The Death of a Small Star

A few weeks ago we talked about the birth of a star, how tiny pieces of matter start clumping together in very cold and dark regions of space, becoming a protostar, and blowing its shell out with the massive amount of energy from fusion. A star is born in the darkness. It lives anywhere between … Continue reading »

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The Standup Paddleboard Project

What did I get myself into? I was supposed to save money, but after a string of expenses I ended up paying the same as a cheaper paddleboard, and about $200 more of what I could have gotten at Costco. This board is mine now, and when I come up with a design from the … Continue reading »

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The Doppler Effect

Today we’ll talk briefly about a popular phenomena that few people understand: the Doppler Effect. Sound and light are waves. The pitch of the sound and the color of light are a result of the frequency of these waves, that is to say, how many times the wave “peaks” in one second. This is otherwise … Continue reading »

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What is Anti-Matter?

Anti-Matter! Stuff from legend, science fiction, both good and terrible books in the strange section at Barnes and Noble, is it real? What’s it like? Why is it so hard to find? And why is it so uncommon? These questions, and more, summarily answered by science’s hive mind. I’m only but one small remora sucking … Continue reading »

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The Moon’s Locked On

Ever notice that we always see the same side of the moon? If all planets rotate, and all moons rotate, and even the sun rotates, why is it that our moon doesn’t seem to? In fact, it does, but it’s our fault we only see one side. The moon is in Tidal Lock with the … Continue reading »

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Nebulae – Clouds Alight in a Deep Ocean of Darkness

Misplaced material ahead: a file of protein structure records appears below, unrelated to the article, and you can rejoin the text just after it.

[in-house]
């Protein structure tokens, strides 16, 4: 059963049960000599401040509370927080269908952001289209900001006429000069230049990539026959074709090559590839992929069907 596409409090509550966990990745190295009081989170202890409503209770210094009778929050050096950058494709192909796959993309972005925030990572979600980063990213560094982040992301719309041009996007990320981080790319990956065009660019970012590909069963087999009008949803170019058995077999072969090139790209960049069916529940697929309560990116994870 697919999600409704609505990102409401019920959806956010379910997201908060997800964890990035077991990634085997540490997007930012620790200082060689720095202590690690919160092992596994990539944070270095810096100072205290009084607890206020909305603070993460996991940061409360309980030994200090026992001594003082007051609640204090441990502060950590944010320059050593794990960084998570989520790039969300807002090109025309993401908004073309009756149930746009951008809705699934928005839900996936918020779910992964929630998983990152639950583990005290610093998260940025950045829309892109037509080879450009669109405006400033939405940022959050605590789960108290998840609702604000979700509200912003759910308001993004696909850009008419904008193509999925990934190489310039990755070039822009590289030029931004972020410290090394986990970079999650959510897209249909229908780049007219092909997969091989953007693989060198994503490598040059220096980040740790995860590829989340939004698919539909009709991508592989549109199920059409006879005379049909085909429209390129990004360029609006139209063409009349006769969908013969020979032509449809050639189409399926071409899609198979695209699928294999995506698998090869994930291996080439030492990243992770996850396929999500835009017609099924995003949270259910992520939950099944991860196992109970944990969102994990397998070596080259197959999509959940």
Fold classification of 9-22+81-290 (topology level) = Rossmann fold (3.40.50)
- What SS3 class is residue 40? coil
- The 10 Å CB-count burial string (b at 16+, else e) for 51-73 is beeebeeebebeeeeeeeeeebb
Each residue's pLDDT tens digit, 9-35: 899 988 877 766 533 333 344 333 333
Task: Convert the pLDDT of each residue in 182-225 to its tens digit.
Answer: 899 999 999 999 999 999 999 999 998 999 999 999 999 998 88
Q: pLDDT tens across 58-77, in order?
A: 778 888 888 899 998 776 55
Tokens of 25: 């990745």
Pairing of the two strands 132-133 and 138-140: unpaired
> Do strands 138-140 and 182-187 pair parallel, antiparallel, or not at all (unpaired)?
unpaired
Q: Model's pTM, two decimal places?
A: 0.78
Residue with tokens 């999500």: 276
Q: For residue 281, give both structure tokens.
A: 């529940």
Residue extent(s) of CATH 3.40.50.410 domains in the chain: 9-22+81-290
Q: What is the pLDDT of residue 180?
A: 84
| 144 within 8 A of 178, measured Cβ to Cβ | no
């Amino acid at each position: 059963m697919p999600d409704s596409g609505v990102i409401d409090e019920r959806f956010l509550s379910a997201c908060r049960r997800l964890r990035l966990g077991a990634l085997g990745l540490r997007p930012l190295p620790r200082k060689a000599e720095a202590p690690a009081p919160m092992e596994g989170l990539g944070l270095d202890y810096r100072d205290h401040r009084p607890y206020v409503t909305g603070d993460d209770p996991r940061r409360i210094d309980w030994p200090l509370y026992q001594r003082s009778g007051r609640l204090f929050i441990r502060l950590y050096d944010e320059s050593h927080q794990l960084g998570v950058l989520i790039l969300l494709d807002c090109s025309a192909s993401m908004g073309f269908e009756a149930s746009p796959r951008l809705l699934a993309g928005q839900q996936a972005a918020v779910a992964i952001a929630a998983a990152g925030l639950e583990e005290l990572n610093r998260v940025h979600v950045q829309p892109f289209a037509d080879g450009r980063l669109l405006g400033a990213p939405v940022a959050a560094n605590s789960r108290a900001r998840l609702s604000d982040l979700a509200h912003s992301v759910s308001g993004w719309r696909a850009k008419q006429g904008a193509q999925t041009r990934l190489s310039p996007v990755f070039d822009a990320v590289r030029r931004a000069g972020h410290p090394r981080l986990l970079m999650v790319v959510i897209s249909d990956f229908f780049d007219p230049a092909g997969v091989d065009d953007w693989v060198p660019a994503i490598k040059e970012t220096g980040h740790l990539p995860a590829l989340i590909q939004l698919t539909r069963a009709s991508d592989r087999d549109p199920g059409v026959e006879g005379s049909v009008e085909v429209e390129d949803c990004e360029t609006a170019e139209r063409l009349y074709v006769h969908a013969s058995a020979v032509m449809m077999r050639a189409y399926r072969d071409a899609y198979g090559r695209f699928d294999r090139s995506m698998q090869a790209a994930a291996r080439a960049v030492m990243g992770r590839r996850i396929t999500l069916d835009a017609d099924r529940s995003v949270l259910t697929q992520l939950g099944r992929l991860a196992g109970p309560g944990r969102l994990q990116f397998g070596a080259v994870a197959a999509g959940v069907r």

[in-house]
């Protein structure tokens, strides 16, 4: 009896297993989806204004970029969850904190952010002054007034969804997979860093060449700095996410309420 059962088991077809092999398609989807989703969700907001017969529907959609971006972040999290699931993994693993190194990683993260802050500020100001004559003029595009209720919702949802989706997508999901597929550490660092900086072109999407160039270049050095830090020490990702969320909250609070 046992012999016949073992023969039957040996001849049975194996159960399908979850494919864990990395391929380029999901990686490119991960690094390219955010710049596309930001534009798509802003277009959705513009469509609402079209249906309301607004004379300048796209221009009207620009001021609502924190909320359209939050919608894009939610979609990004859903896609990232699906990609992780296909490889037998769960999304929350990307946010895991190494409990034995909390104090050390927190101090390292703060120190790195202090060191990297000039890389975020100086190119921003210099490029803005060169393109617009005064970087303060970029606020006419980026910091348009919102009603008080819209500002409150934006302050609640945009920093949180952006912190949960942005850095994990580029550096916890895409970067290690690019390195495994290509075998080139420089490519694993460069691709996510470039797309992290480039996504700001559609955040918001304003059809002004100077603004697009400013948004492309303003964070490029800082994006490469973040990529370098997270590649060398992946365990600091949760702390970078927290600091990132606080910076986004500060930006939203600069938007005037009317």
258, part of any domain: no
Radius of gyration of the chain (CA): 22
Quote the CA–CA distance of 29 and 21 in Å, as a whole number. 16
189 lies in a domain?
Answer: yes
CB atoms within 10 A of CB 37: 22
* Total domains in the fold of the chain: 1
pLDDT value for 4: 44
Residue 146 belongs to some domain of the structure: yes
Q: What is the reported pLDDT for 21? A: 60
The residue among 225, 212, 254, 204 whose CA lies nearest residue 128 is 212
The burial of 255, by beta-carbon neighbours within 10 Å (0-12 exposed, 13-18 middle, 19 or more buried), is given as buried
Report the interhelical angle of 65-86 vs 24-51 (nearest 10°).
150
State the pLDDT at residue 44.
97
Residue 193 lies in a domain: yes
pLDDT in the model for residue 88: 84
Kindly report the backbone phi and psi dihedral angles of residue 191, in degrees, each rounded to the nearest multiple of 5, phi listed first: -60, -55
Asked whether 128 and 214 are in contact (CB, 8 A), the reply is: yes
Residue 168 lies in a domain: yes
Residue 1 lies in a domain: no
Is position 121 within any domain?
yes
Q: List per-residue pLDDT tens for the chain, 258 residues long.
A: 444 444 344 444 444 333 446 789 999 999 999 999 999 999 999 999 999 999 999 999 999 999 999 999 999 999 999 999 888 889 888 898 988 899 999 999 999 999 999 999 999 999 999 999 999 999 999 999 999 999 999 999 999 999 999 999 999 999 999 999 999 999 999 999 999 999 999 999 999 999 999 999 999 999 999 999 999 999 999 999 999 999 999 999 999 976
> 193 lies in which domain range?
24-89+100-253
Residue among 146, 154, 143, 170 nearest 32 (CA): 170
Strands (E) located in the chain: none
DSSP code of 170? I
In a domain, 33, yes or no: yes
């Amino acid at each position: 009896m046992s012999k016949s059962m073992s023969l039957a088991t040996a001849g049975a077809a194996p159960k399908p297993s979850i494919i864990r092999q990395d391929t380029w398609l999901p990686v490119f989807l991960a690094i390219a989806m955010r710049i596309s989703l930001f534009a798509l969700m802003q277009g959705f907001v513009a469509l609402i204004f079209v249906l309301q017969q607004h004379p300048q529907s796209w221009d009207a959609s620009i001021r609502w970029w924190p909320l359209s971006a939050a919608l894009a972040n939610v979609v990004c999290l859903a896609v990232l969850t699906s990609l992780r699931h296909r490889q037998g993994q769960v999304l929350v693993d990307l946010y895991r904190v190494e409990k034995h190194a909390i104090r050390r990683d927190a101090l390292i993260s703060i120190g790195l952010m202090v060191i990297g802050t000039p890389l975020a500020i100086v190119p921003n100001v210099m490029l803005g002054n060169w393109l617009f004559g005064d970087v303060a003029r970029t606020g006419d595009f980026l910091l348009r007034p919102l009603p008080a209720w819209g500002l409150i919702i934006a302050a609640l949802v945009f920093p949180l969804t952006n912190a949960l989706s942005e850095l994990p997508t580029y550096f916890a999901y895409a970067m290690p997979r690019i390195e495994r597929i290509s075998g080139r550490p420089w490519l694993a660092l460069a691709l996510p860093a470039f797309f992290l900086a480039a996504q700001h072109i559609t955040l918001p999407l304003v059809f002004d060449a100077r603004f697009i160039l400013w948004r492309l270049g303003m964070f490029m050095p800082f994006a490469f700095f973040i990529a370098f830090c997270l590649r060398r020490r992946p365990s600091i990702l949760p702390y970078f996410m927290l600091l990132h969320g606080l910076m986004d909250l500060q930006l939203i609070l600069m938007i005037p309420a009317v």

We took a brief look at nebulae, but some of you fed back to me that we didn’t take far enough of a look. A nebula, as explained a few days ago, is a big mass of gas and dust that either reflects or fluoresces light. They are a showcase for the stars that inhabit … Continue reading »

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Classifying Stars – Luminosity, Brightness, Temperature, and Color

A few days ago, we talked briefly about how stars are made. But no two stars are identical: they can vary in size, internal pressure, temperature, composition, age, mass, mass loss, density, spectra, brightness, and luminosity. Today we’ll talk about some of their visual characteristics. Tomorrow, we’ll talk about their types, and how these two … Continue reading »

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Fictitious scenario: My science project is due tomorrow! I’m supposed to talk about stars, and planets, and such! Better run to Wikipedia and grab some quick facts. (Note: I do not advocate the use of Wikipedia for academic research, but it’s sometimes a good place to start to familiarize yourself with a topic) According to … Continue reading »

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A Star is Born

We see them twinkle at night, we make odd shapes out of them, and one of them is a major component of our daily lives as members of a race and components of a complex ecosystem. But what is it, and how did it come to be? The Interstellar Medium When we look into space … Continue reading »

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